The day the employee at Goodwill carded me under the suspicion of using a fraudulent Senior Citizen discount card was one of the happiest days of my life. There I stood at age 61 before an outraged 20-year-old who believed I was trying to pull a fast one and use a card that affords those 55 and over an additional 10% savings (.34 cents) on a $3.49 shirt. Those wily Baby Boomers!
That was not always the case. Spanning a decade, I was a three-time caregiver to a daughter, mom and dad with terminal cancer. Sleepless nights and Keebler Cracker crap-o-la eating habits took a toll. While my family is genetically prone to graying with age, the nightmare of learning my daughter had a terminal cancer turned this Rapunzell head of chestnut brown hair [with a few rogue grays] into Snow White in record time. Thank you, L’Oréal of Paris for that fixer-upper in a box, but no amount of Spackle could fill in the signs of exhaustion.
One of many big wake-up calls came right after Mom’s death when Dad and I went on an afternoon outing to buy fresh salmon. As the butcher passed over the brown-wrapped Norwegian fish he asked my 85-year-old dad if I was his wife.
Sweet Jesus…Kill me now.
Was it because I looked so terribly old? Or was it because he thought my dad looked like a swinger who married someone 30 years younger? Both thoughts just made me wanna say, “Ew!” In all respect to my distinguished father who was wearing a button down shirt, cuff links, and perfectly pressed pants…don’t forget the distinguished cane for walking…I must yield to the truth. Caregiving aged me beyond my years.
If you are a follower of my blog you know the rest of the story. Three years ago I hired Life Coach and Trainer Matt Jackson to begin the task of turning back the clock, not for beauty sake, but to ensure that I didn’t join the ranks of caregivers that die because they failed at self-care.
Ironically it was Labor Day weekend in 2015 that I decided to pull that one foot out of the grave and begin the hard work of attaining a higher level of health and wellness. I learned early on that the battle was in my mind more than in my body. My thoughts had to make a conscious decision to not resign myself to old: old meaning belonging only or chiefly to the past; former or previous
Three years later, health is still a daily decision. I have moments where the old wants to make a come-back and whispers “Stay under the covers, Fancy Girl, with that can of Pringles, and binge watch Brave Heart until you’ve memorized ALL the lines…” But instead this week I made the phone call to Ben Grojean at 4 Strength 4 Courage to start training for my first 5K mid-October.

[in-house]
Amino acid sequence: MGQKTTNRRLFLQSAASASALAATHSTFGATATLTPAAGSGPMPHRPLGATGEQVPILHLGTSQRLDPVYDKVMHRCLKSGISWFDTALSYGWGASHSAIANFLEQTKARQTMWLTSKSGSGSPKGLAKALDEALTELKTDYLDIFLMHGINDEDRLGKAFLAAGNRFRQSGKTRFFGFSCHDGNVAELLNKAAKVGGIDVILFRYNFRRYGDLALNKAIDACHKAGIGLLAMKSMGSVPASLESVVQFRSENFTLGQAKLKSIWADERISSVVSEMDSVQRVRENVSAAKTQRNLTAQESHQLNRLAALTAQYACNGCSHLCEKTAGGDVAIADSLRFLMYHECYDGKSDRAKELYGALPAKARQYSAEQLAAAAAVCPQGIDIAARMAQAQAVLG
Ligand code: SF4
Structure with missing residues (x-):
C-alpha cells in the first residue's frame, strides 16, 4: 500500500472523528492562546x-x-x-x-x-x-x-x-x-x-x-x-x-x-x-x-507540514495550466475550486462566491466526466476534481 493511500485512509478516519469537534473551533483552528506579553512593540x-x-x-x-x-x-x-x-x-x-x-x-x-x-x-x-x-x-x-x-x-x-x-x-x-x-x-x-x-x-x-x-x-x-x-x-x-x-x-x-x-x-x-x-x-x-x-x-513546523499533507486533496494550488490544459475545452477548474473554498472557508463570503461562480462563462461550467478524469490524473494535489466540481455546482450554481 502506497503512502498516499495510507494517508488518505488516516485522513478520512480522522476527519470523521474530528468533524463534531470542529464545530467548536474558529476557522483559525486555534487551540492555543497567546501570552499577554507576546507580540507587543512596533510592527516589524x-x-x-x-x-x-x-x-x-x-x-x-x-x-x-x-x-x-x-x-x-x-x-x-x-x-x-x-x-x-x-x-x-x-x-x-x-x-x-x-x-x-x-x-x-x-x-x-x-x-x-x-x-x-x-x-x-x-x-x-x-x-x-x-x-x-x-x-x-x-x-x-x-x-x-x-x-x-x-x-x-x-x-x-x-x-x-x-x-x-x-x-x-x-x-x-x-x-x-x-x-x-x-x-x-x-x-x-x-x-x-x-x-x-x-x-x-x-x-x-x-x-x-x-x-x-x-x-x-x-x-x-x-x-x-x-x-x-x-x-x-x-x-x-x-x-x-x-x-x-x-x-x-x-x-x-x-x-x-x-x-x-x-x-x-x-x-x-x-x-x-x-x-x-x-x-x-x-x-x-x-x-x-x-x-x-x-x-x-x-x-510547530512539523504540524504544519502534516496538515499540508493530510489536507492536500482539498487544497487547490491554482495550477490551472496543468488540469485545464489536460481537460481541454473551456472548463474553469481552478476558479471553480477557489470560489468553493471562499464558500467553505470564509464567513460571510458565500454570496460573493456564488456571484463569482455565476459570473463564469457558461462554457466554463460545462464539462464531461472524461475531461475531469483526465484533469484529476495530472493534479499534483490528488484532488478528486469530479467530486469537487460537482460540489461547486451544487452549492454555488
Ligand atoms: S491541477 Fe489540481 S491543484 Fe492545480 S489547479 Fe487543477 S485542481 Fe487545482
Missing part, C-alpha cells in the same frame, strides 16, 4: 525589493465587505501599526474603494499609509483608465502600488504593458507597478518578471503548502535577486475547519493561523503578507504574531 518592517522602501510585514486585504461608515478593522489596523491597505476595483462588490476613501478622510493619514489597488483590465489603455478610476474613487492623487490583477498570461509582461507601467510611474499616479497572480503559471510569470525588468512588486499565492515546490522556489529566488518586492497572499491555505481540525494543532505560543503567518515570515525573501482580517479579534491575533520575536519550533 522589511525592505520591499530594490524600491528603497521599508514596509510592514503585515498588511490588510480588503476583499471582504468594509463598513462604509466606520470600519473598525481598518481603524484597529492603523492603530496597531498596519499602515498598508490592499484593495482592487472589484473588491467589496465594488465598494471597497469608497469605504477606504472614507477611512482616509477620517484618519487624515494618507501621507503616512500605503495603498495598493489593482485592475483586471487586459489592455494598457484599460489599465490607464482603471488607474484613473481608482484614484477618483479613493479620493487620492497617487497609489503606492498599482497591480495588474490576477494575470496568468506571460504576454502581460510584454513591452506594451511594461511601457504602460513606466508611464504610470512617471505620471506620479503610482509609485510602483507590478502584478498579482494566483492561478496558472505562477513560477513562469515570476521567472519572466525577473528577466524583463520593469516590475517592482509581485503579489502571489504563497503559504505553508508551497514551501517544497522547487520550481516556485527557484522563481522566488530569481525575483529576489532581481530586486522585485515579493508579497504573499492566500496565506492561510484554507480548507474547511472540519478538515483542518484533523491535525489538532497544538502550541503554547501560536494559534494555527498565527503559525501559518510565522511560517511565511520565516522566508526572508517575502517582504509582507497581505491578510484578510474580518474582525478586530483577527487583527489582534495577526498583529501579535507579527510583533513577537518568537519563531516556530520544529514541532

While I am still under the extraordinary care of The Boss, Kendra’s Bootcamp and Brent Dierking at Activ8 Fitness, BFF Kim Schiltz phoned ten days ago to say she had a dream that we ran a 5K. My initial thought was, “You are dreaming!” Nevertheless, I could not discount her commitment to my life and well being, especially as someone 20 years her senior. “You are too old for this,” was not in her vocabulary. Her dream was saying, “You can do it.” Knowing she loves me, my mind said,
“Just go for it, even afraid. If you jump, you just may fly.”
It takes enormous courage to make a “U” turn in life, especially as we age. It took courage at 55 to return to college in a sea of Millennials who considered me senile in the language of electronics. I needed courage last year to begin flipping tires with Kendra in the early evening hours as many my age were lounging in front of Wheel of Fortune. I am now courageously writing more books instead of writing my self off as an old woman who has nothing to offer at the age of 61.
What I have learned the most since Labor Day 2015? You can’t stop aging, but you can stop getting old.
- I appreciate the advice from my beautiful aunt. “Don’t stop taking fashion risks.” I haven’t. And if I fail, my 40-year-old friend Kim is there to say, “What the heck are you thinking?” Well, Kendra is there too…and Judy, and Marin…It’s a big line-up of younger fashion police.
- Younger friends keep you young at heart.
- It seems like hair adultery, but sometimes it is a good thing to switch up hair stylists, especially if yours is not willing to try a new change after many years.
- I have extraordinary trainers who know the balance between making me push myself and keeping me from a sports injury. I’m currently in the best health of my life.
On a Lighter Note:
- It’s a bit scary when someone on FaceBook thinks your new running coach should wear this t-shirt.
- I was wearing Mom Jeans after Megan died…until my younger friend Lisa Albrecht pulled on them and gave me a wedgie and said, “What the heck are you thinking?”